In most of my speeches, I frequently make a comment about the current budget situation. The comment is usually this – “We adults made this mess, and we should not balance the budget on the backs of our children.” Sounds good on the podium; however, in reality, we are having a very difficult time making the statement one of fact.
In my 38 years of education and over 20 years as an administrator in charge of budgets, the past two years have been the most difficult budget situations I have ever encountered. As I travel across the state, I am hearing from local superintendents that they, too, are encountering very difficult budget situations. While the national economy has shown some signs of recovery, state and local revenues have not shown similar signs. Even more difficult are the budgets of families where one or more of the parents is out of work. In my travels, I see closed-up store fronts, vacant mills and signs of a struggling economy. Every night on the news, you hear more and more stories of families struggling due to the current economic crisis.
However, when I visit schools, I see signs of hope. I see teachers and communities who are working to ensure that the children have what they need in the classroom. I am seeing innovative methods of local superintendents and principals in dealing with budget shortfalls. I am seeing local boards of education who have voted to provide funding for schools in face of difficult local economic situations.
As Commissioner of Education, I have been asked to prepare a plan to deal with a projected state shortfall. The share of the budget shortfall that education has been asked to reduce is $20 million. This is the latest reduction of six that have happened in the past two years. We have made the easy reductions. We have reduced the travel, the professional development, the textbooks, the costs that are not closely associated with the classroom. We have frozen all hiring at the Kentucky Department of Education. We have not filled vacant positions. We have eliminated every discretionary dollar that we can find.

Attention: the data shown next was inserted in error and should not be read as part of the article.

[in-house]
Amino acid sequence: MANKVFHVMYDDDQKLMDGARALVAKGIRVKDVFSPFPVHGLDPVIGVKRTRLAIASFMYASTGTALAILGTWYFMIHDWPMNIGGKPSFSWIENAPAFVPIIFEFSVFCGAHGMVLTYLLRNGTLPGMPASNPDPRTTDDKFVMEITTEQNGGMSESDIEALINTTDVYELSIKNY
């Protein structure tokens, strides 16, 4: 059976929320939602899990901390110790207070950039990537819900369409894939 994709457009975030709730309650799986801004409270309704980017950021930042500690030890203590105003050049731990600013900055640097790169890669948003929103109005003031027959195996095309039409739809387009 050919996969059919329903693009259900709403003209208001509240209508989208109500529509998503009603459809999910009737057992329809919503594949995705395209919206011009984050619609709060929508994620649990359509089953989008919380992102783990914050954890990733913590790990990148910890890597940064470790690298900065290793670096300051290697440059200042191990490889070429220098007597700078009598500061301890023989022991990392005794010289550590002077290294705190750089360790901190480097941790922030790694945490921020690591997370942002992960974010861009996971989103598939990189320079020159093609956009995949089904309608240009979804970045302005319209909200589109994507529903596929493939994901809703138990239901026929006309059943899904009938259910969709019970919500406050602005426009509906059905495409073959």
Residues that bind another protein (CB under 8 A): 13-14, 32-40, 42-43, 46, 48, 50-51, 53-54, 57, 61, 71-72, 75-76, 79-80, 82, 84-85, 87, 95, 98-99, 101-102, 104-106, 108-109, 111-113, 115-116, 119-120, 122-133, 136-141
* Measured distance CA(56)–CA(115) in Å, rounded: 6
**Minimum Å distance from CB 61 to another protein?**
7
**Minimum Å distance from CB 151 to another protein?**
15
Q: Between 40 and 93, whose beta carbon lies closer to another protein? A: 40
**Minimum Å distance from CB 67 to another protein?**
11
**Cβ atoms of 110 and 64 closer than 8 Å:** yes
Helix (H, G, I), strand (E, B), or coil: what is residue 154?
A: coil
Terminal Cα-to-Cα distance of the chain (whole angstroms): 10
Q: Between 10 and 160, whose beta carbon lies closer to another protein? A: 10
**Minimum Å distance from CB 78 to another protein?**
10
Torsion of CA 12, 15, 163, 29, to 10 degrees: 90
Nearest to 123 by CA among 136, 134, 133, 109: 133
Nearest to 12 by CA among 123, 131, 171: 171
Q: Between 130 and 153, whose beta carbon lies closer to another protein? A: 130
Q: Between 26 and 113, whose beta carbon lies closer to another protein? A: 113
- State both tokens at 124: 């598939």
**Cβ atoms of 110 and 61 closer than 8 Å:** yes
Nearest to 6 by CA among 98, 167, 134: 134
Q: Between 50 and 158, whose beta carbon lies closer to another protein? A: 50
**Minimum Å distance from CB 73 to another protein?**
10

Now, we have run out of options. We must begin to reduce some program dollars. There are no easy choices. Every program that we are reviewing has a strong constituent base that truly believes any budget cut would decimate the program.
We have established a few priorities for this next round of reductions. We are attempting to save positions in schools and districts. We are trying not to further reduce school safety or extended school funds, which have already been greatly reduced. We are looking at dollars that have not yet been expended in programs so the reductions will not require districts to make up the difference. A mid-year 6 percent reduction is really a 12 percent reduction, so we know that whatever we do will have a negative impact on programs.
As commissioner, I will continue to work to find other ways to come up with $20 million. I also will continue to look for funding sources to replace these budget reductions. We are working hard to obtain federal Race to the Top grant funding and funding from philanthropic sources.
While we are in difficult times, I have every belief that our great nation can recover and our state and national leaders will find ways to ignite new growth in our economy. During these times, we must listen and work with each other rather than blame each other. As always, we are open to suggestions on how to reduce operating costs. Final decisions will not be made until early January. Thanks for reading!!